Zeytin Ağacı Will Take You Back To Your Roots
”Blessings of ancestors are greater than those of living human beings.”
- African Proverb
Netflix’s Turkish series Zeytin Ağacı (Another Self) first aired on 28th of July and by the end of August it has over 100 million views under its belt. That’s quite an achievement for a Turkish series, especially for one that is not packed with action and is led by 3 women’s stories but I’m not surprised at all. I didn’t even know about this when I started writing the draft of this review. I knew the series would be as successful as it is, despite some of its issues, because the story and the characters are very relatable. What I didn’t know is that even a skeptic like me could learn a lot from their stories and maybe you could too.
I was really impressed with the casting and their chemistry with each other. Zeytin Ağacı’s story centers around 3 women who are best friends. Ada (Tuba Büyüküstün) is a surgeon, Sevgi (Boncuk Yılmaz) is a lawyer and Leyla (Seda Bakan) is an influencer/housewife. Due to Sevgi’s health problems, one day they find themselves in Ayvalık, which is a beautiful town in northwestern Aegean coast of Turkey. Here they meet Zaman Bey (Mr. Zaman) who is essentially a family/ancestral constellation therapist.
What Is Family Constellation All About?
Family constellation is a therapeutic tool that allows the invisible influences from the present and past to be made visible and therefore acknowledged. Especially in cases where trauma is not evident, this method can be beneficial to reveal some familial trauma that the person is not aware of. Epigenetic research has shown that trans-generational trauma can affect us in ways that are sometimes mysterious to us. Actually this was one of the things that sold the Zeytin Ağacı series to me when I watched the trailer. For years I have been wondering why certain patterns keep repeating in our lives. The series deals with this question and answers it through the characters’ various storylines.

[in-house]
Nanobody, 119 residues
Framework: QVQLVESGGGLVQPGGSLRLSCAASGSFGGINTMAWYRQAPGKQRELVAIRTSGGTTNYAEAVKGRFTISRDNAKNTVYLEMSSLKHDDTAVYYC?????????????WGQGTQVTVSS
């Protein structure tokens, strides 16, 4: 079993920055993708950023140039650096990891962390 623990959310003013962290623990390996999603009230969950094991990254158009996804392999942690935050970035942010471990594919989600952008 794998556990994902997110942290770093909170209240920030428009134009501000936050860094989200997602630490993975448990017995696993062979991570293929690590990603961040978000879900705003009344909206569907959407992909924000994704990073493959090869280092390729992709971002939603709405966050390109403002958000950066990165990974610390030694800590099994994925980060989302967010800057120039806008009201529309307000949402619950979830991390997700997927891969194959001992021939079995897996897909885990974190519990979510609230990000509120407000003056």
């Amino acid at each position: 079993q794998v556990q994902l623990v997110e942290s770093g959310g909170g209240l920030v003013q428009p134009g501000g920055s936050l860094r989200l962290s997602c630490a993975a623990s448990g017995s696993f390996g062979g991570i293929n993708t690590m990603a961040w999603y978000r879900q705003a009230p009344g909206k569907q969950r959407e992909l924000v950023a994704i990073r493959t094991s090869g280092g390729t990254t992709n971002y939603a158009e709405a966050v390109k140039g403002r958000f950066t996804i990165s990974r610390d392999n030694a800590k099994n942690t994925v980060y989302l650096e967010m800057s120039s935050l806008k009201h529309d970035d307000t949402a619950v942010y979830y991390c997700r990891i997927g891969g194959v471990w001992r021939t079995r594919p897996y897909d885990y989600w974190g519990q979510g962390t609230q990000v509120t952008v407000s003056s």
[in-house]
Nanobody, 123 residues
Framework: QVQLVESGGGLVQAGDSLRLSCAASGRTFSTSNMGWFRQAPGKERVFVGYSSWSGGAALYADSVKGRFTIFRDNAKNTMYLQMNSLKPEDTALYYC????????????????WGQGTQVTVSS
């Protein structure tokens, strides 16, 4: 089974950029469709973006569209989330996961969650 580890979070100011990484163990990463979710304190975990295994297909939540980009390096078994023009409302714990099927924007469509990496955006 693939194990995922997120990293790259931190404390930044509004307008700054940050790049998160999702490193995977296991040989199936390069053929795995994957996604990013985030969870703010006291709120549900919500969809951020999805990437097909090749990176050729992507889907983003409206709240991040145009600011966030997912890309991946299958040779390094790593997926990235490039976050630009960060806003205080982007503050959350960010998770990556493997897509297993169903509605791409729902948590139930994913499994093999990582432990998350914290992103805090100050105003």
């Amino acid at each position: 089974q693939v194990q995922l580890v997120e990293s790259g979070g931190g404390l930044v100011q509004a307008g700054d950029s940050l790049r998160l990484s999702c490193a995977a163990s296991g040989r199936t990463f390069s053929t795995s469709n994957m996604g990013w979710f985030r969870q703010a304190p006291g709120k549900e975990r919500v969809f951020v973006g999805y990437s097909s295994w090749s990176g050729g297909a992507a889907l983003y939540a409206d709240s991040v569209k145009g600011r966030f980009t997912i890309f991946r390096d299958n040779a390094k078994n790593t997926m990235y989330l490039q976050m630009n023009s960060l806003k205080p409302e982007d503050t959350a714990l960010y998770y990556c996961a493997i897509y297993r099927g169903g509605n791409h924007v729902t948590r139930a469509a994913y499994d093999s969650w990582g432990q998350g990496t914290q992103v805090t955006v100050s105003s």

I have a lot of friends who have tried family constellation therapy over the years who generously shared their experiences with me. They all spoke very positively about it. Even though the results they got from it were not always as dramatic as the ones in Zeytin Ağacı, they all said that it’s something they learned a lot from and not just as the caller of a session but also merely as one of the participants. Trying family constellation therapy at least once is definitely in my bucket list. However it is worth noting that, as it is shown in the series, it’s not a one-session solution at all. As with many other methods of recovery, as you dig deeper you may find different things to uncover and work on.
Who’s Behind the Wheel?
Zeytin Ağacı is written by Nuran Evren Şit and directed by Burcu Alptekin. If you have already watched one of Netflix’s first Turkish series, Atiye (The Gift), you might be familiar with these names. Atiye was adapted from a novel called Dünyanın Uyanışı (The World’s Awakening). Although Zeytin Ağacı is not an adaptation per se, a book heavily inspires it as well. The book in question is called “It Didn’t Start With You” which is written by Mark Wollyn. The book won the “Silver Nautilus Book Award in Psychology” in 2016. Needless to say it’s been one of the bestsellers of the genre ever since.
Honestly I enjoyed the storytelling in Zeytin Ağacı more than I enjoyed it in Atiye. I also related to and liked the characters more. The chemistry between the three women is really wholesome. I think what makes their chemistry work is that they are not only affectionate with each other; they are also brutally honest as good friends are. I commend the cast as well as the writer for this realistic depiction of female friendship.
Gökhan Tiryaki does a great job as the director of photography. You can really feel the heart and soul of each location that you see on the screen. Considering each episode starts with a flashback to one character’s ancestors, there are many scenes that take place in the past and I really appreciated the costumes and sets and the actors in those small scenes as well. They really enabled us to travel to those forgotten memories in the past. Technically Zeytin Ağacı is not flawless, but you’ll never fall off the wagon once you are invested in the story and that’s a huge improvement to some of the previous Turkish dramas we have watched from Netflix.